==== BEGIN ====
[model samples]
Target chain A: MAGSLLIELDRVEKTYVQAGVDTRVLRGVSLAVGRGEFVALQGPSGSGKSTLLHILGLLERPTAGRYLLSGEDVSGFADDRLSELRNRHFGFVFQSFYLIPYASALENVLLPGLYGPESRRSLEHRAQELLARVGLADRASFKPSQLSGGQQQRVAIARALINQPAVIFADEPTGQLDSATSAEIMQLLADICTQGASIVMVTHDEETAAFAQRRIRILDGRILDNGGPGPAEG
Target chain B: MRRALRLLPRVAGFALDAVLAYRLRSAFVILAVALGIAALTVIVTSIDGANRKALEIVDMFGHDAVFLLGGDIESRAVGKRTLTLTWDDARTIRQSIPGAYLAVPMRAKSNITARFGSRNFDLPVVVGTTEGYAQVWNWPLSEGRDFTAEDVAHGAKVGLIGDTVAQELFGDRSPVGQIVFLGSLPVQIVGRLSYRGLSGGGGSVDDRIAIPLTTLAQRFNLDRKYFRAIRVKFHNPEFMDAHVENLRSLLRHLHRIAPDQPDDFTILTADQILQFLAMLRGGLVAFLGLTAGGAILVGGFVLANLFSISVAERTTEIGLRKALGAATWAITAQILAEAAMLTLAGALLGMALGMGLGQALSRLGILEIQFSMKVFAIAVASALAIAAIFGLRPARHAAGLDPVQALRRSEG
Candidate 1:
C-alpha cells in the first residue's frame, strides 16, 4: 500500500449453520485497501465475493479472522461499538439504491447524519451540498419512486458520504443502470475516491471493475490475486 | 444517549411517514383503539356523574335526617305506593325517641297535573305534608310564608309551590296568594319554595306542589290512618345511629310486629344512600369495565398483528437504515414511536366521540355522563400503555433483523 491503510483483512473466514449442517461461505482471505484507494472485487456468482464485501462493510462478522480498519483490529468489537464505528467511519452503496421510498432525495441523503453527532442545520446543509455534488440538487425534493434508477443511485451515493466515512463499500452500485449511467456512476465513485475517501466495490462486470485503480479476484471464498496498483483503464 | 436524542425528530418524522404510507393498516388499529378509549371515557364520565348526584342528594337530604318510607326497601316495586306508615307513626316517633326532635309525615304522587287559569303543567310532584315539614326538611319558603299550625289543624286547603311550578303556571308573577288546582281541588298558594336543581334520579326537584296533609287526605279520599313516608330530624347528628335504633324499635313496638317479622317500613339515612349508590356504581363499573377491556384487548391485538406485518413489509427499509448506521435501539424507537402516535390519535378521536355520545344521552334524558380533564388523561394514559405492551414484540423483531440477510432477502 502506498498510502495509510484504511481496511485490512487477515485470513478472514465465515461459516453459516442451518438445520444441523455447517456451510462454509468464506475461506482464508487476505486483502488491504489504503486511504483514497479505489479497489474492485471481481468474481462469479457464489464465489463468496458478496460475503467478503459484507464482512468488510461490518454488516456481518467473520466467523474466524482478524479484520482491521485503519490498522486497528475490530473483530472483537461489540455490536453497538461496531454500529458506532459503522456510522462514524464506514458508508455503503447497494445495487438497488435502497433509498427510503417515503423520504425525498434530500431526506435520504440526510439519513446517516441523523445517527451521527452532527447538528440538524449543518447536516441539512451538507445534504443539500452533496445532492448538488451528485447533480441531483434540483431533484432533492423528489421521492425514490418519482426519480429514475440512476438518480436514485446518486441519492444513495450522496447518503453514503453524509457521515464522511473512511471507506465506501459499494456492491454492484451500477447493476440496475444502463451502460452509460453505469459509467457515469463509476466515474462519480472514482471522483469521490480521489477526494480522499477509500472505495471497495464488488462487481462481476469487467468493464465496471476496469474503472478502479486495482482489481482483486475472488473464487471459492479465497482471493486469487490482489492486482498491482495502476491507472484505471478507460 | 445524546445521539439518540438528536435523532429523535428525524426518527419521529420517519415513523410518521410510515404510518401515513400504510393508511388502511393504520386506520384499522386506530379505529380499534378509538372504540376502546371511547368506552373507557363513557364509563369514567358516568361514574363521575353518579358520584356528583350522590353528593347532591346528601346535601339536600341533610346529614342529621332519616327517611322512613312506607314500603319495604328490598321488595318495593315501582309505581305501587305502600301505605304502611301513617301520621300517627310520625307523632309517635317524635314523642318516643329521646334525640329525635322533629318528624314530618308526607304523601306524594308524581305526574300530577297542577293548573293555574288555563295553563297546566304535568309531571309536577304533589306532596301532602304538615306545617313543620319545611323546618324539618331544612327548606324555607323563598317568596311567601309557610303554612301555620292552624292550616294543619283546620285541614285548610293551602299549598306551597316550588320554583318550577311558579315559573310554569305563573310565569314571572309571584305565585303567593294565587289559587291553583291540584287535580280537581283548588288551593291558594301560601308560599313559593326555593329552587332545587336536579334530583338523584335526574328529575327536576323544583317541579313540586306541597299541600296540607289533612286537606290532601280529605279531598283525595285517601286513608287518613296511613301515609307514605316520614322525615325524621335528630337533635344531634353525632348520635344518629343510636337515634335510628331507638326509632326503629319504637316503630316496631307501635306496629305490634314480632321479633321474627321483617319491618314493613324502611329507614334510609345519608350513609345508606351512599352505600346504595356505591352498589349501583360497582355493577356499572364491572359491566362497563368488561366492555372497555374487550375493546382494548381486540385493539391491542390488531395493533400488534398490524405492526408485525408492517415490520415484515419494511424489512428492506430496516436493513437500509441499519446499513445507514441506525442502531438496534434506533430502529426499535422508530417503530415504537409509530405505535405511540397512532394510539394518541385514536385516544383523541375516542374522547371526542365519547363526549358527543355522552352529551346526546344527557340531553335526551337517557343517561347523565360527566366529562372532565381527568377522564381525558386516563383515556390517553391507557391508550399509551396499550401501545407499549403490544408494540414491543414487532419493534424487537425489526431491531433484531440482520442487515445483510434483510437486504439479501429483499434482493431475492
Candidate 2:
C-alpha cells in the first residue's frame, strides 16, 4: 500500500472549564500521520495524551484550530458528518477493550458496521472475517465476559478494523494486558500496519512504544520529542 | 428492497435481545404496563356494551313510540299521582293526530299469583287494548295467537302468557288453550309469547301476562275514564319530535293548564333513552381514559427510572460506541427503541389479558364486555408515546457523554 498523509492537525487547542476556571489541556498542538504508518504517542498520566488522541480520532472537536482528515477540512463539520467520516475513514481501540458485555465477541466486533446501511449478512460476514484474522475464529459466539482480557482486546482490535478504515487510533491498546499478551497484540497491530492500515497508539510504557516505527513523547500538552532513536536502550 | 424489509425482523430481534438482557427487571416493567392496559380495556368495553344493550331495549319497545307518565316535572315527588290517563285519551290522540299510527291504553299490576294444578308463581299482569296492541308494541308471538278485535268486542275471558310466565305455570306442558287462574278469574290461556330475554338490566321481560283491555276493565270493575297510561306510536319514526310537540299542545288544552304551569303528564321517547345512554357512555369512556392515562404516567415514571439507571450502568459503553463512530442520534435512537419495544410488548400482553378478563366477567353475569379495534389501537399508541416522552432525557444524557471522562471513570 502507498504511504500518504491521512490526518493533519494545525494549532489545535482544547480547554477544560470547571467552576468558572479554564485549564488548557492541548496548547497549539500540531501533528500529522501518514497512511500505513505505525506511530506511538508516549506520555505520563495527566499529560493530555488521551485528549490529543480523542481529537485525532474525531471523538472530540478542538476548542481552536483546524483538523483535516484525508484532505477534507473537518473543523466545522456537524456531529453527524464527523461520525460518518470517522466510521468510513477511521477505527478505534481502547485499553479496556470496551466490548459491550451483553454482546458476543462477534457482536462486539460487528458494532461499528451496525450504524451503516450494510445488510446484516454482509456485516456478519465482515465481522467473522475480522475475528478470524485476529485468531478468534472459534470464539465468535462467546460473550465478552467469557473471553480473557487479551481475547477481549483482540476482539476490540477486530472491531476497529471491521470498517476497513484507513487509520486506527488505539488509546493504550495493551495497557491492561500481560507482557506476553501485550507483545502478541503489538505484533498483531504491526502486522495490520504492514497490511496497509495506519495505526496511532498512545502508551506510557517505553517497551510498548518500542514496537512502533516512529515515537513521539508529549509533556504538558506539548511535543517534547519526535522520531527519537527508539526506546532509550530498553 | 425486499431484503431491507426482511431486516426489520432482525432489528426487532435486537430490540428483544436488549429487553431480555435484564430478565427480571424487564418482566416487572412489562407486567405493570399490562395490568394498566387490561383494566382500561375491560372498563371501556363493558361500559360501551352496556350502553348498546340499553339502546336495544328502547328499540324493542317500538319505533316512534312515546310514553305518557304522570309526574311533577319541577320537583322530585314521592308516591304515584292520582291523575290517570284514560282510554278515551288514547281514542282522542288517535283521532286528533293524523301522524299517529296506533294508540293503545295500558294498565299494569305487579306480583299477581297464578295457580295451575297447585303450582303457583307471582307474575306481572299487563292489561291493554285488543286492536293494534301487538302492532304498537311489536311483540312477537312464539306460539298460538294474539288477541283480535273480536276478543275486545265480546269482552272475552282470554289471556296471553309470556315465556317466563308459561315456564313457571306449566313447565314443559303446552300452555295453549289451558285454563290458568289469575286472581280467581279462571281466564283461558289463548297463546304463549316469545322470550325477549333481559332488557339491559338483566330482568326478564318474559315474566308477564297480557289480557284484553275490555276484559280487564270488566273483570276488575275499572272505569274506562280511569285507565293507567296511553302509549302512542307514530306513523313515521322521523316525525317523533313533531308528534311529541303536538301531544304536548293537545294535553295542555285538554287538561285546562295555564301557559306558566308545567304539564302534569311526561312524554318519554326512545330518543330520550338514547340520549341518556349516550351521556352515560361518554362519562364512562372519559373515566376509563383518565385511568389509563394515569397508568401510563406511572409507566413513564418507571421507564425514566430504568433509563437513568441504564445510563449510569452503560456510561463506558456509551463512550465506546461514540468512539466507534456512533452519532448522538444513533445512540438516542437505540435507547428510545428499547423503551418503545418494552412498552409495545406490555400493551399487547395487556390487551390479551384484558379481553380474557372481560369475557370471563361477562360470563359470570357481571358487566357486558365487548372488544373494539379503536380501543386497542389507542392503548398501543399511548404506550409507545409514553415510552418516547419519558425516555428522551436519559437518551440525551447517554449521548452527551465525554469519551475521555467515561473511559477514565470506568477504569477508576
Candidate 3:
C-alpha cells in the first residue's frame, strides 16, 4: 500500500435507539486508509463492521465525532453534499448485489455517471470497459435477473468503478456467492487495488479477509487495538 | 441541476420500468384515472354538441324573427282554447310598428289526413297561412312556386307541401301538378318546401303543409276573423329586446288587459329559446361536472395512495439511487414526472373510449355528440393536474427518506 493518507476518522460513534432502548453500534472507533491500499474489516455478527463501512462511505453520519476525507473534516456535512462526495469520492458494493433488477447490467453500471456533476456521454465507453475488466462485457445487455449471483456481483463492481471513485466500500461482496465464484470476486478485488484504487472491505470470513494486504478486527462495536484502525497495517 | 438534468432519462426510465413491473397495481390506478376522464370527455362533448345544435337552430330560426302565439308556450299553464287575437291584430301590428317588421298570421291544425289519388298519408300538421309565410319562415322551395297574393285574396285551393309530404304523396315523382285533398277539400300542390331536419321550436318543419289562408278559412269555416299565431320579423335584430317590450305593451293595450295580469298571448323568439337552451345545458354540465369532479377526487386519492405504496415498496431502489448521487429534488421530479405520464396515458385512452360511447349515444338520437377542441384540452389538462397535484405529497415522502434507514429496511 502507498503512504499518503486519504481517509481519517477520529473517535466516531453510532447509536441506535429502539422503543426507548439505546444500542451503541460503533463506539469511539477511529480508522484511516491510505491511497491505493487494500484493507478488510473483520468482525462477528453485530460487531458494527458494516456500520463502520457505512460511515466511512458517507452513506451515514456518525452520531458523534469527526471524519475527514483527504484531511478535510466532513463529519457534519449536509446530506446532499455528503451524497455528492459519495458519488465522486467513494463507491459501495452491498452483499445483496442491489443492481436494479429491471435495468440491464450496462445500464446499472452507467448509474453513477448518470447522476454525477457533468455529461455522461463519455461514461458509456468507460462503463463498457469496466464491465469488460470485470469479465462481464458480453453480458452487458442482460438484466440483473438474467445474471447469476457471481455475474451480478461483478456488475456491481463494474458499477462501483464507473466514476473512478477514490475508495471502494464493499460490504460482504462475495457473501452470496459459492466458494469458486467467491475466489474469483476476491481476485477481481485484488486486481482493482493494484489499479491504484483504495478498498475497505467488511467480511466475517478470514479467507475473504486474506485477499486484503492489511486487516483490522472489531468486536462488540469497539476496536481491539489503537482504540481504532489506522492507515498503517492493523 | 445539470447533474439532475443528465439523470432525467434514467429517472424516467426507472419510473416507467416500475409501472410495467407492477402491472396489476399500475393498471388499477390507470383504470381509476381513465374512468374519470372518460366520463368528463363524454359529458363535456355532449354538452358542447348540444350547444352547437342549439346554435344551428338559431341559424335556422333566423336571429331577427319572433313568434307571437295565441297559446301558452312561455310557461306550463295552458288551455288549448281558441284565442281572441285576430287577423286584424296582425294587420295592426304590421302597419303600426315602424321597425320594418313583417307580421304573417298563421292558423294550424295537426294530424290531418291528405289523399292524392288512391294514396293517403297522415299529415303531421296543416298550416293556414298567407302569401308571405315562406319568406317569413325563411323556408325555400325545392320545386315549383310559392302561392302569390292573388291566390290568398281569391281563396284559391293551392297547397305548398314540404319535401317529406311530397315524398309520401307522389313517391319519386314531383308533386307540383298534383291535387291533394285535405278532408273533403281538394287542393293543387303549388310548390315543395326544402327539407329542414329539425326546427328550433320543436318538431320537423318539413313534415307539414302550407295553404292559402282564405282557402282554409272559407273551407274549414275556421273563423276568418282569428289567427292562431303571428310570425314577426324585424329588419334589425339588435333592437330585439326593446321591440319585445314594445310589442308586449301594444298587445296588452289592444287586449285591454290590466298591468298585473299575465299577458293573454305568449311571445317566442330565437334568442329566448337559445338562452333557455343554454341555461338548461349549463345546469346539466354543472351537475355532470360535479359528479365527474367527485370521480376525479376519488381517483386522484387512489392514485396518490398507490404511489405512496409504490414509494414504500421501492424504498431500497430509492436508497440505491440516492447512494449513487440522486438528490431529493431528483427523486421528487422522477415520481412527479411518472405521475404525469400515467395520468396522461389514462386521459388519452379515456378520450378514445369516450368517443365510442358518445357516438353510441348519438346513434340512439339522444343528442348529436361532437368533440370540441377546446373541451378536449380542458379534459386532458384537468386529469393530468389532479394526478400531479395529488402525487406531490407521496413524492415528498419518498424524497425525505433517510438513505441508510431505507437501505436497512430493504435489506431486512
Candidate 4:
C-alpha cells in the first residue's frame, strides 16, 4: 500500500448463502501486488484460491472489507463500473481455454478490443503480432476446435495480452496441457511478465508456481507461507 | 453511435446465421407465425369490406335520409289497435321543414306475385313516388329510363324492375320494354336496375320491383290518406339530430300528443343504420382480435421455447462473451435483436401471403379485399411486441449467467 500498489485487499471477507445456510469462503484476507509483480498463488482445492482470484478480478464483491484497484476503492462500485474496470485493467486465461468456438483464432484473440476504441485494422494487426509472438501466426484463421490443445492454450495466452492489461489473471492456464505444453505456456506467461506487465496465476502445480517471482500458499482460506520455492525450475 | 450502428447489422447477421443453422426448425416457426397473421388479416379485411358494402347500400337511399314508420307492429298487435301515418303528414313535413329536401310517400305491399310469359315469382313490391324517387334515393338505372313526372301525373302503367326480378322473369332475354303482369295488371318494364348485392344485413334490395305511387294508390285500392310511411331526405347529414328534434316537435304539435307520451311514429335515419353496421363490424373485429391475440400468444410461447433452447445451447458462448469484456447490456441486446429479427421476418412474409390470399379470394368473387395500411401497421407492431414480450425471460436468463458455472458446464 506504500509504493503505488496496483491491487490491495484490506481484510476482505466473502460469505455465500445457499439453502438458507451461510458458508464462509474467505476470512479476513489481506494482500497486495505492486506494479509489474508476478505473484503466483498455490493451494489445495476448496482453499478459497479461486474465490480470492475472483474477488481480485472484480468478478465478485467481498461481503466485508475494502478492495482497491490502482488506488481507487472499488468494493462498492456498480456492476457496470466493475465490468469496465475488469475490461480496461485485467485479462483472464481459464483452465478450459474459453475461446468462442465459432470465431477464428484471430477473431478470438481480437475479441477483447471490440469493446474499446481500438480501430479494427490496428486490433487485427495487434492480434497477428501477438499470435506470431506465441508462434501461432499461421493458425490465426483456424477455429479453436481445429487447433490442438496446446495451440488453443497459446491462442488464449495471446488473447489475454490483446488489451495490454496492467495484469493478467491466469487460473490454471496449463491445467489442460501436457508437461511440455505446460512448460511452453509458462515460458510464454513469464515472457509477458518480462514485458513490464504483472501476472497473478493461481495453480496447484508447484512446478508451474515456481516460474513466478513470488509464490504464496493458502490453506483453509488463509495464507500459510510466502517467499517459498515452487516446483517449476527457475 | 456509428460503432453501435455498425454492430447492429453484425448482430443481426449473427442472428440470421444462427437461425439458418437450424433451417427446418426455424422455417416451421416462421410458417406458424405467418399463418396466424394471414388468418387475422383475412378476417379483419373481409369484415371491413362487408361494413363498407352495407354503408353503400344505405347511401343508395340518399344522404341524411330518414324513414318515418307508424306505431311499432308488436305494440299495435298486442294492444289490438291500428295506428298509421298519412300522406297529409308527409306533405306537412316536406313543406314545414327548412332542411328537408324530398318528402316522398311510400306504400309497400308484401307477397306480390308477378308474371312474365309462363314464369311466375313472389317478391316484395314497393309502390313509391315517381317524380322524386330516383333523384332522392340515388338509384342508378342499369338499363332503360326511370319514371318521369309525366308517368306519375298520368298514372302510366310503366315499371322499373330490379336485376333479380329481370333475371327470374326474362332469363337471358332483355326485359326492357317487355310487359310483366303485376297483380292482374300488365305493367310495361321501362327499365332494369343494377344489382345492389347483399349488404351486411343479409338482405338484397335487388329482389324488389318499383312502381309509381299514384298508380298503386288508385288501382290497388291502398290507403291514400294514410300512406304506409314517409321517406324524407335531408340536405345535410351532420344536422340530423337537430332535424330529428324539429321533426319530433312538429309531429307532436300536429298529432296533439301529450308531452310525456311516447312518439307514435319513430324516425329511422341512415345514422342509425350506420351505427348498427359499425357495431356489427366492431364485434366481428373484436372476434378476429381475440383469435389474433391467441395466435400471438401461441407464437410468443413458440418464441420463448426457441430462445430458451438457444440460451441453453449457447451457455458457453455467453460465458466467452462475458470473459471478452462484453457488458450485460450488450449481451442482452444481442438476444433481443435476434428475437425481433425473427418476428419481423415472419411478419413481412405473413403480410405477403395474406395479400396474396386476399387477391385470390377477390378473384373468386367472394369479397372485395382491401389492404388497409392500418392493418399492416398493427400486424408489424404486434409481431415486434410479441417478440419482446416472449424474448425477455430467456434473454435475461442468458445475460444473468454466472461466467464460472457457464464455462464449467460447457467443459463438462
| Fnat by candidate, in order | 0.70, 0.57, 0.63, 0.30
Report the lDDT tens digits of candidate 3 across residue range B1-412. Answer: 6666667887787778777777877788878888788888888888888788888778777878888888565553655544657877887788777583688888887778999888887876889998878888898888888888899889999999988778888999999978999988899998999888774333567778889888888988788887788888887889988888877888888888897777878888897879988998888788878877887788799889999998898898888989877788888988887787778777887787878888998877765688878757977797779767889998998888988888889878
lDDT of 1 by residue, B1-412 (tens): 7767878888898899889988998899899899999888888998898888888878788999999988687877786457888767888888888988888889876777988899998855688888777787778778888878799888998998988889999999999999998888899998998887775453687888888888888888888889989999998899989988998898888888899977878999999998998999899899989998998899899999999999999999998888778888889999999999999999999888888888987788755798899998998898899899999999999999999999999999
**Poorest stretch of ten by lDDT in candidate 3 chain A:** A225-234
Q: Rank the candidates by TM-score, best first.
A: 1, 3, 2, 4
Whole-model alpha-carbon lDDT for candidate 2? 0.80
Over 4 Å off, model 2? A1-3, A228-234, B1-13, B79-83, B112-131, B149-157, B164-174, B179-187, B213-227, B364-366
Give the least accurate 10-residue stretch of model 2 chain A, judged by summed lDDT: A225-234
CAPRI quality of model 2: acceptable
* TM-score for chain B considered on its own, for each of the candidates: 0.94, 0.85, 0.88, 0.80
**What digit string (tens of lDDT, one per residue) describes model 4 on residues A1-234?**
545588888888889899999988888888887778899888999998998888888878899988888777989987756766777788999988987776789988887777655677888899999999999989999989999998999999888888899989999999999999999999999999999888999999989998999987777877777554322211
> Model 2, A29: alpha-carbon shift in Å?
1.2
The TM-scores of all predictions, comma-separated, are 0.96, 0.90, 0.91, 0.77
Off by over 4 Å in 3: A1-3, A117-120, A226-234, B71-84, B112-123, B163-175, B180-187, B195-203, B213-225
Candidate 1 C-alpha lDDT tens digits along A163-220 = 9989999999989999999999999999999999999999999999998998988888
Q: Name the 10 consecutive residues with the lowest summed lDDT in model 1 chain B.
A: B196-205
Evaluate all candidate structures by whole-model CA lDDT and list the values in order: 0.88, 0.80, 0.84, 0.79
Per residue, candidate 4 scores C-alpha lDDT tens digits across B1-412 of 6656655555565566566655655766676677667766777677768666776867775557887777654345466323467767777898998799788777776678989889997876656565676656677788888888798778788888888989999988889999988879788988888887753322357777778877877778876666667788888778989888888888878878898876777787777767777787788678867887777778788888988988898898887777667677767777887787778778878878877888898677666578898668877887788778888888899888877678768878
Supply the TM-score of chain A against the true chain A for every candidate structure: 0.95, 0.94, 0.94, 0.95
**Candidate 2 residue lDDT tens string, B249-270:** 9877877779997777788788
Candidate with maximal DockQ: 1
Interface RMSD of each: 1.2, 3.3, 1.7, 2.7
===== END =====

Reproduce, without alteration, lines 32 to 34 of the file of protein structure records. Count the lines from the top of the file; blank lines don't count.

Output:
Evaluate all candidate structures by whole-model CA lDDT and list the values in order: 0.88, 0.80, 0.84, 0.79
Per residue, candidate 4 scores C-alpha lDDT tens digits across B1-412 of 6656655555565566566655655766676677667766777677768666776867775557887777654345466323467767777898998799788777776678989889997876656565676656677788888888798778788888888989999988889999988879788988888887753322357777778877877778876666667788888778989888888888878878898876777787777767777787788678867887777778788888988988898898887777667677767777887787778778878878877888898677666578898668877887788778888888899888877678768878
Supply the TM-score of chain A against the true chain A for every candidate structure: 0.95, 0.94, 0.94, 0.95